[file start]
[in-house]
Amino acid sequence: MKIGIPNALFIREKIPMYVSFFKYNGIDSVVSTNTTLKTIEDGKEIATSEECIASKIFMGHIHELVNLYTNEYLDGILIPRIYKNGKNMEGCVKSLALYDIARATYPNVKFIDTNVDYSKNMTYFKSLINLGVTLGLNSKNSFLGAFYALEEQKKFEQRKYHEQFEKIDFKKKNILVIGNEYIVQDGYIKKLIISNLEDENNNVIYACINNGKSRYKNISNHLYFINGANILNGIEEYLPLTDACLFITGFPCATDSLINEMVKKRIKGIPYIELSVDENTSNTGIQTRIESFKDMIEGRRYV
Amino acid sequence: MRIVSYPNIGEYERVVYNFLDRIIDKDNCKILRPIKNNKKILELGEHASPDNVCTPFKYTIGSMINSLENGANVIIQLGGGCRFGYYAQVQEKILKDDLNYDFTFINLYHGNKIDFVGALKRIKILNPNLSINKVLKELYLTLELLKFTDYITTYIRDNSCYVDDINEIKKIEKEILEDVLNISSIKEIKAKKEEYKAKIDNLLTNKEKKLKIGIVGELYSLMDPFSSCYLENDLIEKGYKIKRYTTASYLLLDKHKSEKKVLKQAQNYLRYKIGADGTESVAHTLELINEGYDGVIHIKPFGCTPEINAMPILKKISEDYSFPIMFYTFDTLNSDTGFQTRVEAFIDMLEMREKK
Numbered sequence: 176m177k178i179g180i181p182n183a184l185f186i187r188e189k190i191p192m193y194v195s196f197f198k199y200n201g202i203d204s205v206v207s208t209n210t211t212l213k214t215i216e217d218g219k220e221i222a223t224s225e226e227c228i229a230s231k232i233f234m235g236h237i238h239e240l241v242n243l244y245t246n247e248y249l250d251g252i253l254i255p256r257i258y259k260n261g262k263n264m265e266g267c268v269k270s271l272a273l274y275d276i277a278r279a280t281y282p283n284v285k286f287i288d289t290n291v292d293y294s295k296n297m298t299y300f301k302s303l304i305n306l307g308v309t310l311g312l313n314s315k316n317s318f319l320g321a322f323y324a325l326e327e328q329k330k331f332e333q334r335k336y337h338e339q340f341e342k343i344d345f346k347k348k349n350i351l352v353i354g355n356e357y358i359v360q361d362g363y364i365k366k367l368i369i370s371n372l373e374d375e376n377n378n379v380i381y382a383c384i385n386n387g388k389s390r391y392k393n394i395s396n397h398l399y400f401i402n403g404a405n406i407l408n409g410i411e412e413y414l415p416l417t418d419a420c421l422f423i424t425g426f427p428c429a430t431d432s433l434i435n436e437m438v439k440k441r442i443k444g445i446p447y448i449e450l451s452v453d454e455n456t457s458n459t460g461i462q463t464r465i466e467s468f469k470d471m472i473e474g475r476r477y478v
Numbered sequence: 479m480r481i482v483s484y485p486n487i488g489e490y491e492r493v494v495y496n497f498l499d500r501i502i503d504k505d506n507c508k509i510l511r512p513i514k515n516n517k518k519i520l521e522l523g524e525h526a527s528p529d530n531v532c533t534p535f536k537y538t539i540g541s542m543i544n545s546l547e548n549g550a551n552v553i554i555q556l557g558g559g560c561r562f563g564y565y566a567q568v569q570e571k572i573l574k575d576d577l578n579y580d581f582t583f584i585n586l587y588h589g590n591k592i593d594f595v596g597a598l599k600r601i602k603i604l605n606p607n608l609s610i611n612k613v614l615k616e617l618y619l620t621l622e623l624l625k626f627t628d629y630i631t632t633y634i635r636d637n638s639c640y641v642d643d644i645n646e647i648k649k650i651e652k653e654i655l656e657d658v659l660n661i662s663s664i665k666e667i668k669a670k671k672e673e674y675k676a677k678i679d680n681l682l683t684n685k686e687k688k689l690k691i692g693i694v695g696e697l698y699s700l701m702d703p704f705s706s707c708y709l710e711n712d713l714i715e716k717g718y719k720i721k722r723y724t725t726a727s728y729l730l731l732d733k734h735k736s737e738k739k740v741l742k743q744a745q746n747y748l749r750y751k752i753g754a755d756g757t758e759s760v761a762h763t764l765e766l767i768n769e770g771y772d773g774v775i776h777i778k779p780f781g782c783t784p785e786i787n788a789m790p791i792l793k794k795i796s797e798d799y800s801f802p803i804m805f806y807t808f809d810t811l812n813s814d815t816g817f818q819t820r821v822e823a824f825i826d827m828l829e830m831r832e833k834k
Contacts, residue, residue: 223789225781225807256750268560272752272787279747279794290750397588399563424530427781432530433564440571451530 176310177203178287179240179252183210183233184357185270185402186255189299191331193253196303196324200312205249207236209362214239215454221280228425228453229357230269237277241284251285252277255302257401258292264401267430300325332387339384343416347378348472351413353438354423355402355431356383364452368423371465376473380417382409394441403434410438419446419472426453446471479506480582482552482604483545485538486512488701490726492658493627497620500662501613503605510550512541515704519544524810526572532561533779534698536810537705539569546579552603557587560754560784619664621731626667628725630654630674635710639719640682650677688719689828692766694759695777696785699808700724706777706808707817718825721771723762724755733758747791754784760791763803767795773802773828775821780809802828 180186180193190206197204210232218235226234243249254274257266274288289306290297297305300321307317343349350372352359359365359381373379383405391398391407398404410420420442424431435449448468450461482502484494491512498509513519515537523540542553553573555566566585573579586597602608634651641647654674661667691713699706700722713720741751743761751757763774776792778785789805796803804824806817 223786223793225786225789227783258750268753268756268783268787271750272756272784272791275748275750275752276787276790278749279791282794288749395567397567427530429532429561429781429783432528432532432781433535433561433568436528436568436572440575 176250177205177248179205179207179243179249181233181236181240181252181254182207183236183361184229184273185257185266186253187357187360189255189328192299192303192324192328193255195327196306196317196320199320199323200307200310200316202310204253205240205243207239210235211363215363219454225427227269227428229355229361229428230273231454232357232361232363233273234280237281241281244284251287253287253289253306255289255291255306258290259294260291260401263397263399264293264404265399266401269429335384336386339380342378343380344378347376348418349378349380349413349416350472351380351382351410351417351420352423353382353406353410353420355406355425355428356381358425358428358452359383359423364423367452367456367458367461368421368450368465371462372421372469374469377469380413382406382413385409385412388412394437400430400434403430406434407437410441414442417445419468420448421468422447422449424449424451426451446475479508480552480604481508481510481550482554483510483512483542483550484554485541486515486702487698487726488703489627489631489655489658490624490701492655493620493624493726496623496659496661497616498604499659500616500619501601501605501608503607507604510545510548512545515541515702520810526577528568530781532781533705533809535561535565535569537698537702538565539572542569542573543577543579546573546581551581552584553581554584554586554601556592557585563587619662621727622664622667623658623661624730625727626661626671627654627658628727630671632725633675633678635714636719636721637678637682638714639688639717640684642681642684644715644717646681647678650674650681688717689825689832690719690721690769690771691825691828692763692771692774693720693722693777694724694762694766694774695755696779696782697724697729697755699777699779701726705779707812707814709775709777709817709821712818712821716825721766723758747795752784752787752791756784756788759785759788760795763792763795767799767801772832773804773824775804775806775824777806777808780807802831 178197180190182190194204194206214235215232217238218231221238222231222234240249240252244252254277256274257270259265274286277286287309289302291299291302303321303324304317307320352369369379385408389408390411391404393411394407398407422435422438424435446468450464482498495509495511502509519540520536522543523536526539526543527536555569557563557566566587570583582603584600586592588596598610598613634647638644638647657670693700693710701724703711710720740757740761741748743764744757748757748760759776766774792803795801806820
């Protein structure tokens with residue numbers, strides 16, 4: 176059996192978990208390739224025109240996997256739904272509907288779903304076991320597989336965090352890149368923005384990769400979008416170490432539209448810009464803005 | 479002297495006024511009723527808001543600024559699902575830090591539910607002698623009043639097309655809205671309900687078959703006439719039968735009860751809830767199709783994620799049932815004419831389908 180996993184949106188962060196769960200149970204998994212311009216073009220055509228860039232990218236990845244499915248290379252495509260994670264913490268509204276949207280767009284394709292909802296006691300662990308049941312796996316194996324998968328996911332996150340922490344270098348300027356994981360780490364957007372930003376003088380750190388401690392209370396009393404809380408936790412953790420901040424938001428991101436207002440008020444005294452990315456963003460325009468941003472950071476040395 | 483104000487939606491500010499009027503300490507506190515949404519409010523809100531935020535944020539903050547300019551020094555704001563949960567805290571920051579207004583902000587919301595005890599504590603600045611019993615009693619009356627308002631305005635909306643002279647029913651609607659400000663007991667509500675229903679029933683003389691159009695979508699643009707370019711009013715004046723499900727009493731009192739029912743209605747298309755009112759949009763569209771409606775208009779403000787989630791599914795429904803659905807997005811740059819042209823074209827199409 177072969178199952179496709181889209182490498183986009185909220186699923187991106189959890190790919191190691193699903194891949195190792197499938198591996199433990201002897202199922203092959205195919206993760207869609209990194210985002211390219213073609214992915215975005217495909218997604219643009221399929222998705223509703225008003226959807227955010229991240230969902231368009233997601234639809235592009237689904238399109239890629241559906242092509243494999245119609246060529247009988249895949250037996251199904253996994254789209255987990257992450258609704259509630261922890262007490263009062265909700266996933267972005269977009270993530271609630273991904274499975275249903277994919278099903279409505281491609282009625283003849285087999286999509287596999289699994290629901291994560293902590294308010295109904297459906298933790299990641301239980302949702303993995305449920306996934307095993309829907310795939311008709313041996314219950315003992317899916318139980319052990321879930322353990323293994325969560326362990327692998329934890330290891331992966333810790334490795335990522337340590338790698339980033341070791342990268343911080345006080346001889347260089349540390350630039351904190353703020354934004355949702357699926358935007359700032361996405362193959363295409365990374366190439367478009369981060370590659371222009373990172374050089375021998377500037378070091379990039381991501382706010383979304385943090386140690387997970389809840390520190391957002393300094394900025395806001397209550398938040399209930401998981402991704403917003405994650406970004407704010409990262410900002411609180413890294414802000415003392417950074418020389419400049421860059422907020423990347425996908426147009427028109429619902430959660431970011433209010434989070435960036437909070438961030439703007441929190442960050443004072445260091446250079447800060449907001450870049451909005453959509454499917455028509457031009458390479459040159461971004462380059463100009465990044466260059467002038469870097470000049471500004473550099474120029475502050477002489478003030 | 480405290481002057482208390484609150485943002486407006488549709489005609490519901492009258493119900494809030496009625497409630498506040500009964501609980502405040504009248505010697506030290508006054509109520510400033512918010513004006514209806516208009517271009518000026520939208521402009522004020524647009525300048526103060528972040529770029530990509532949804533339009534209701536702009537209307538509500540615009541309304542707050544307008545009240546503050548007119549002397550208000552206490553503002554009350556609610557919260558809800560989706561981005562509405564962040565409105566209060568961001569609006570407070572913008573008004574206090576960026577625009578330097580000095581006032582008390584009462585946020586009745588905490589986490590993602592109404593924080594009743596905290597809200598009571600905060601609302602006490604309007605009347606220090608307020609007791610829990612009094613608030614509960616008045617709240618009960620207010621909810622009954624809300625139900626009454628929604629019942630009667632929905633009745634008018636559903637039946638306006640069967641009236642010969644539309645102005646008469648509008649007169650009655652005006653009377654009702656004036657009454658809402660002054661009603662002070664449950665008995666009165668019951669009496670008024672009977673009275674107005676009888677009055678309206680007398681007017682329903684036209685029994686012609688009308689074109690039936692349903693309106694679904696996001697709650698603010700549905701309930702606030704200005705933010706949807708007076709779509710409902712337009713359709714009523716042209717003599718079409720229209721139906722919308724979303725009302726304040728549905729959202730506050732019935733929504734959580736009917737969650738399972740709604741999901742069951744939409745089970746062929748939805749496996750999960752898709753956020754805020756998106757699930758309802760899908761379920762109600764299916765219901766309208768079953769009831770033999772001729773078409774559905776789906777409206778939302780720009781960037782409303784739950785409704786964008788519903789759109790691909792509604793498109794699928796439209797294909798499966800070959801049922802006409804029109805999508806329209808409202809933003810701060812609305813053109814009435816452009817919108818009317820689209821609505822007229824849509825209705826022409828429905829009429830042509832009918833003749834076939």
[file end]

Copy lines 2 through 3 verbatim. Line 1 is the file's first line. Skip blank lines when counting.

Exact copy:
Amino acid sequence: MKIGIPNALFIREKIPMYVSFFKYNGIDSVVSTNTTLKTIEDGKEIATSEECIASKIFMGHIHELVNLYTNEYLDGILIPRIYKNGKNMEGCVKSLALYDIARATYPNVKFIDTNVDYSKNMTYFKSLINLGVTLGLNSKNSFLGAFYALEEQKKFEQRKYHEQFEKIDFKKKNILVIGNEYIVQDGYIKKLIISNLEDENNNVIYACINNGKSRYKNISNHLYFINGANILNGIEEYLPLTDACLFITGFPCATDSLINEMVKKRIKGIPYIELSVDENTSNTGIQTRIESFKDMIEGRRYV
Amino acid sequence: MRIVSYPNIGEYERVVYNFLDRIIDKDNCKILRPIKNNKKILELGEHASPDNVCTPFKYTIGSMINSLENGANVIIQLGGGCRFGYYAQVQEKILKDDLNYDFTFINLYHGNKIDFVGALKRIKILNPNLSINKVLKELYLTLELLKFTDYITTYIRDNSCYVDDINEIKKIEKEILEDVLNISSIKEIKAKKEEYKAKIDNLLTNKEKKLKIGIVGELYSLMDPFSSCYLENDLIEKGYKIKRYTTASYLLLDKHKSEKKVLKQAQNYLRYKIGADGTESVAHTLELINEGYDGVIHIKPFGCTPEINAMPILKKISEDYSFPIMFYTFDTLNSDTGFQTRVEAFIDMLEMREKK